We as a crowd, were doing the breakdancing, with the Hip Hop, doing all that – with everything that was going on. Putting all the boundaries aside, you know the Catholic, Protestant blah-blah-blah… Putting all that aside – we had a fantastic time. My youth, as I always would describe it, was probably the happiest time of my life and I’ll never forget it. Hip Hop is not just what people think. The music now, the way it has evolved, I don’t like it. I’m not impressed with it in the slightest. I’d rather go and see an old skool hip hop artist who has something to say and has meaning behind the words. It’s a disgrace when you think about it.

The good news that has come out of it is – that the old skool artists are coming back. Rakim and Harik Bee are just about to do a tour in America. That is brilliant news. The Just Crew – they’ve been doing tours, and it’s really great to see, it is such a big part of Hip Hop. Even from beat-boxing, I’m ok at. But some of the guys out there are amazing.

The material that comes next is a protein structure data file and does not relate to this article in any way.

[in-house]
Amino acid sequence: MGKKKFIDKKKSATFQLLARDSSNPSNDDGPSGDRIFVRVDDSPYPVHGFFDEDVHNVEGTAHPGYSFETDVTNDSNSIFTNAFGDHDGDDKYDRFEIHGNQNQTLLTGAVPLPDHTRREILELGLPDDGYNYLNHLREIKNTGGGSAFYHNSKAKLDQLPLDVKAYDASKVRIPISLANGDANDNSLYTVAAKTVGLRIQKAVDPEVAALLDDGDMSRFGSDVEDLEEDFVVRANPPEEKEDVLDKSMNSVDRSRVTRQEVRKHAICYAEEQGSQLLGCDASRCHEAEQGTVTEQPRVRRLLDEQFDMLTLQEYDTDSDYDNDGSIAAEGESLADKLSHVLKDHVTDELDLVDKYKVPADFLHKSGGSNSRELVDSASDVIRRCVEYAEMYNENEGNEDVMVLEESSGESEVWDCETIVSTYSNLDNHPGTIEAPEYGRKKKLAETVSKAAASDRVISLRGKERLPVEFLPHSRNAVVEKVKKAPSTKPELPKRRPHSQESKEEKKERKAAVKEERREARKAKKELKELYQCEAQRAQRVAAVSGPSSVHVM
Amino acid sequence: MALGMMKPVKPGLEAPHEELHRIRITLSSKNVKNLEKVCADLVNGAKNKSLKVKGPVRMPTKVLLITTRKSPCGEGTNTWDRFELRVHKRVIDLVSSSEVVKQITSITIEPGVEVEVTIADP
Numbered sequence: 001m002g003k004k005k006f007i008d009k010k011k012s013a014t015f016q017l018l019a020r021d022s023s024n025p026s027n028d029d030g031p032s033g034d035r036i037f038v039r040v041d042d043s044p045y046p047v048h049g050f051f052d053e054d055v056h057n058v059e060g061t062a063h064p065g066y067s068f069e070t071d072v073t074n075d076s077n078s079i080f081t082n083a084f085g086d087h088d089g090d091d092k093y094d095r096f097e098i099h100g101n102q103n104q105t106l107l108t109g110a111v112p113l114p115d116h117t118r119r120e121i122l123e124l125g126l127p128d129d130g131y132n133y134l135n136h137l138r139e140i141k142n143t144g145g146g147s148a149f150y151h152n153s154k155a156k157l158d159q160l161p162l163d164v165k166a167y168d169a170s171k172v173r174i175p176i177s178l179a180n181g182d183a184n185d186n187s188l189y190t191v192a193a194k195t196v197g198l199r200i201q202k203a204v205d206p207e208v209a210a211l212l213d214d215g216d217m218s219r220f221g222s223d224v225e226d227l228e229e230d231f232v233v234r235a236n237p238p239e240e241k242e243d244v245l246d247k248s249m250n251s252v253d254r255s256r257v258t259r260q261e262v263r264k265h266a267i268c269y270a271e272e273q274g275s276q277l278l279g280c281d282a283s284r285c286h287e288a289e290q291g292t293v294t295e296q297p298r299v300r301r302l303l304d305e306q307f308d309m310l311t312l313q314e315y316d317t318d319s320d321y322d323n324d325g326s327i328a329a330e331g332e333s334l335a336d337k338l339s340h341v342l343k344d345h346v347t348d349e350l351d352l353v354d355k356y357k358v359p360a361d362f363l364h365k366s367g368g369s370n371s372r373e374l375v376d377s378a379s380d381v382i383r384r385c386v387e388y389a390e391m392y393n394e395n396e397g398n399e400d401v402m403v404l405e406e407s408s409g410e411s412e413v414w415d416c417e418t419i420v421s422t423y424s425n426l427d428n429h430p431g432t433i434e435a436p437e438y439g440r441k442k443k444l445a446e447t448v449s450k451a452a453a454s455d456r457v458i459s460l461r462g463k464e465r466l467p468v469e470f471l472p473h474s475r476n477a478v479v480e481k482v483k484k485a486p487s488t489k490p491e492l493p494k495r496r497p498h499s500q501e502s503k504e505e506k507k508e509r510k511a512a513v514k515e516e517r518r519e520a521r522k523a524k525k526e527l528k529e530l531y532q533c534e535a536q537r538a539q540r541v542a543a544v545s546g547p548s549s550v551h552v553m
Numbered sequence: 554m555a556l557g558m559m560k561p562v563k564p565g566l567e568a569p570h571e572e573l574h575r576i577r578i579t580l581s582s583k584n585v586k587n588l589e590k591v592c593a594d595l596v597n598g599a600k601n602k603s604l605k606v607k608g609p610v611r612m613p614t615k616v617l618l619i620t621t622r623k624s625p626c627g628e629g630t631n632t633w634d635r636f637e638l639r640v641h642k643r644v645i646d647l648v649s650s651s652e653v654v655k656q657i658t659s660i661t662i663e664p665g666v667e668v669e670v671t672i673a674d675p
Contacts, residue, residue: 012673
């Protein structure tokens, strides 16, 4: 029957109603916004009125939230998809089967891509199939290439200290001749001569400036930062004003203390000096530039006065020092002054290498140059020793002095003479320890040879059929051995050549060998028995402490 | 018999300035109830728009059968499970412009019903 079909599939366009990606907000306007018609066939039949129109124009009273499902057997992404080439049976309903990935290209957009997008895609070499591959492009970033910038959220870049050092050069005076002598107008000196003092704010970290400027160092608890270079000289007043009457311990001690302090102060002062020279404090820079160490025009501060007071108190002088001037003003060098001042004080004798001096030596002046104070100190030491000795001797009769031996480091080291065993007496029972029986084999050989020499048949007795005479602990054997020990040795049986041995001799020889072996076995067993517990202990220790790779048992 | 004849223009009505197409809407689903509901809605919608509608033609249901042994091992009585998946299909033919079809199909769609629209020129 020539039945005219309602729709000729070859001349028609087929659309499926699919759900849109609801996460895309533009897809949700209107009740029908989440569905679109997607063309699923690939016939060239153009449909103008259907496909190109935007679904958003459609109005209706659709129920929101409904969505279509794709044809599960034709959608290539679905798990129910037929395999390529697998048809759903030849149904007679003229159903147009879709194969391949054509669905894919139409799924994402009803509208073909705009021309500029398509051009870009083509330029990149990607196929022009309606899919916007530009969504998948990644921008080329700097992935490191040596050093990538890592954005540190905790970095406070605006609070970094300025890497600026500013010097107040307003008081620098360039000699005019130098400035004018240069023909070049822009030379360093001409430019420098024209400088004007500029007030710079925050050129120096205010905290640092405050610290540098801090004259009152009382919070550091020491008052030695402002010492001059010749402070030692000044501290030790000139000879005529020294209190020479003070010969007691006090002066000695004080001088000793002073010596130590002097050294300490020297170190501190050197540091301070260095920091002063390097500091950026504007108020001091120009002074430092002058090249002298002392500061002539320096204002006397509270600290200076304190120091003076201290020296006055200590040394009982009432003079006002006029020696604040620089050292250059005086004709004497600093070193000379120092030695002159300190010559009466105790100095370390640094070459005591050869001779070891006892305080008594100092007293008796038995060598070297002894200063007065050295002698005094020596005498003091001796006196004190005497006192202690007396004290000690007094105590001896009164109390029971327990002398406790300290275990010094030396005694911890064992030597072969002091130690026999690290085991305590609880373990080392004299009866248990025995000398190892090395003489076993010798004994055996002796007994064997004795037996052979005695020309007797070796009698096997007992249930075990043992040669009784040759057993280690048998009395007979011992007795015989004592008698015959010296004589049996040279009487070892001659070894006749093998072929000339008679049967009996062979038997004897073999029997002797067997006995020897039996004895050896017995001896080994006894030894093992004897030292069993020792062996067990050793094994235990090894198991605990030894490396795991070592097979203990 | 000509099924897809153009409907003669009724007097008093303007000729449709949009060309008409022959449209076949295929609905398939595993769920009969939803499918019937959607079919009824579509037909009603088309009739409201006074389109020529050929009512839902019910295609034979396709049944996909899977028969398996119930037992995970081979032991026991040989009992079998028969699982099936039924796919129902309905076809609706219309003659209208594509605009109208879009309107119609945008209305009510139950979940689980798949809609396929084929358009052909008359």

Hopefully, on Sunday night (18 March 2018) when people are asking questions and they are getting the right answers, they (the audience) will know that we are not all just old ‘has beens’. We are all still listening to it and enjoying it.

Everything we do as creatives – is a statement. A stamp, an individual stamp by (and/or) audio-sound/verbally/visually. What is the statement of Hip Hop to you?

My statement on hip-hop is very simple; Its culture, life, and understanding. And also, being REAL. That’s a big word.

I’d mentioned about today’s music being the same.  Back in the day they were using all the old breaks. Which they made new again. The guys at the time … when I bought a record, it was like reading a book. That’s was because the lyrics became a big part of my life after the breakdancing days. I did the graffiti and all that there, but the music itself was that good at the time – and every single rapper had a story to tell; which is so important. The work that I would describe Hip Hop as: It’s a story, it’s a book. It has no end and no start. It’s always going to be there.

So, I ask – Hip Hop in Northern Ireland – would you say that is unique/organic? Is it different to Hip Hop universally, for example, American Hip Hop?